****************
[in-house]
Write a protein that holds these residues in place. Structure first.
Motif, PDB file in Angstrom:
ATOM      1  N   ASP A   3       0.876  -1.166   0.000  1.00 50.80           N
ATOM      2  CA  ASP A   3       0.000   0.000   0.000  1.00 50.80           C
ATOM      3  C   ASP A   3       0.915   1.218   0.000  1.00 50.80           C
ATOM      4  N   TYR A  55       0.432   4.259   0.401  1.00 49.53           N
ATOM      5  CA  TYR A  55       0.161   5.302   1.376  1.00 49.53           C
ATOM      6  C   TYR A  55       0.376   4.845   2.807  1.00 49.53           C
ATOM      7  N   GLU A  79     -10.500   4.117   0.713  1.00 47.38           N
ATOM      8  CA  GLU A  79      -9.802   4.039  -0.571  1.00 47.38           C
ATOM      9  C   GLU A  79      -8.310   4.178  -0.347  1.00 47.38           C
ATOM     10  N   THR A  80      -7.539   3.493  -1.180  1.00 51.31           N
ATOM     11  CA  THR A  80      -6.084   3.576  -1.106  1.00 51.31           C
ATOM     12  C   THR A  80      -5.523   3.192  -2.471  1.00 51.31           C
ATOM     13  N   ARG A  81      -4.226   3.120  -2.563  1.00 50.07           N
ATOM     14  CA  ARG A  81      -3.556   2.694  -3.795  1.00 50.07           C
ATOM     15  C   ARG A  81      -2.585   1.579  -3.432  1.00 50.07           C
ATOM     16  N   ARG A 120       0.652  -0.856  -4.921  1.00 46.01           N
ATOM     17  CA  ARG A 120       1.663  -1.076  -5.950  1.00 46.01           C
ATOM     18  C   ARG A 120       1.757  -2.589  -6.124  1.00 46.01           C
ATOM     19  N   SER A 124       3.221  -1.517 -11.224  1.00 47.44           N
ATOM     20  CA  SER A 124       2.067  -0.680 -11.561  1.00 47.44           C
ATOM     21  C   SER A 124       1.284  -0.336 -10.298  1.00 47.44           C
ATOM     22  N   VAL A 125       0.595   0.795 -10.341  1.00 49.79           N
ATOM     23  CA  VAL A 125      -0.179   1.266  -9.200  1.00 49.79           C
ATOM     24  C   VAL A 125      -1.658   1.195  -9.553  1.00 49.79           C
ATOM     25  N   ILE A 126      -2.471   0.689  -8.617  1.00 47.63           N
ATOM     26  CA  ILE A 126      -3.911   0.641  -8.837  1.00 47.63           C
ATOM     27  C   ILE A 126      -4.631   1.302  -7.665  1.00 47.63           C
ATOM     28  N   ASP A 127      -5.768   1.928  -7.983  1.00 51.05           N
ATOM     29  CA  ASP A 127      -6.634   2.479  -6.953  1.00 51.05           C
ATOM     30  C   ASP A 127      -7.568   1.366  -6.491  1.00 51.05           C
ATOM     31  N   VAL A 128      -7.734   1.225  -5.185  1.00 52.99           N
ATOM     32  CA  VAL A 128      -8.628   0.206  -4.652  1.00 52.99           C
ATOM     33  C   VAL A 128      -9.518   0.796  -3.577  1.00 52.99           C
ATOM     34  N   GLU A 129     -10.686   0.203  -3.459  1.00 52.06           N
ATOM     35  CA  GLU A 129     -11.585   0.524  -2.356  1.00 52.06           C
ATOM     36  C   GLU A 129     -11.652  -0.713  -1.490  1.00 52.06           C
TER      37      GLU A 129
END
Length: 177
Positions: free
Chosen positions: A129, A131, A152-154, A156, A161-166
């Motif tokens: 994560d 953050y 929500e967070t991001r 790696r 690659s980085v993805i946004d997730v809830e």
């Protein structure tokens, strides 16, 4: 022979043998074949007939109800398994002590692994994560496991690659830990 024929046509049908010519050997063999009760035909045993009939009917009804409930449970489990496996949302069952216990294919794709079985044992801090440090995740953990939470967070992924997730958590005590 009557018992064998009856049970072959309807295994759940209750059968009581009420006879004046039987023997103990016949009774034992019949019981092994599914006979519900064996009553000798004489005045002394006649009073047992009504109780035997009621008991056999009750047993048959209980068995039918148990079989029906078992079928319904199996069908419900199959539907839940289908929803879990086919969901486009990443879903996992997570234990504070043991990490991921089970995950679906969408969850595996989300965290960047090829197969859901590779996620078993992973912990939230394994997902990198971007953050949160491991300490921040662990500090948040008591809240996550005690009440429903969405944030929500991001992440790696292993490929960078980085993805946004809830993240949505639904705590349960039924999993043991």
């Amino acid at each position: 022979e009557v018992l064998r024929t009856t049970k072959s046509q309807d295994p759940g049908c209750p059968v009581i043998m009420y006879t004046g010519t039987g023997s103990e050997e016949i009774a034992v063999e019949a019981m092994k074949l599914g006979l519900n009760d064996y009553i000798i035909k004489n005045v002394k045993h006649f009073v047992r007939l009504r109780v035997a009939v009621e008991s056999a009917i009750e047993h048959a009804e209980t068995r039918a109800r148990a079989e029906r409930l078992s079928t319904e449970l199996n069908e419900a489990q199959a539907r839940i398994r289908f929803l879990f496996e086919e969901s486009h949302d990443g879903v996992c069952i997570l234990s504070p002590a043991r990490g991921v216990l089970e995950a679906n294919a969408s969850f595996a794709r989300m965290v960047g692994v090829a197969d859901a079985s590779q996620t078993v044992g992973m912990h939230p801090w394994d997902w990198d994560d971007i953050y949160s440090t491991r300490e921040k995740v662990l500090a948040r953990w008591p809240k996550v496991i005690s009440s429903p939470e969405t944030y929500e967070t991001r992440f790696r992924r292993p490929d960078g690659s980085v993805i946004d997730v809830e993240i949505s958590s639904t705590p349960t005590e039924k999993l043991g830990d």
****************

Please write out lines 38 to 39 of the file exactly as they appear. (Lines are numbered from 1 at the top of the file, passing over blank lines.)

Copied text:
ATOM     35  CA  GLU A 129     -11.585   0.524  -2.356  1.00 52.06           C
ATOM     36  C   GLU A 129     -11.652  -0.713  -1.490  1.00 52.06           C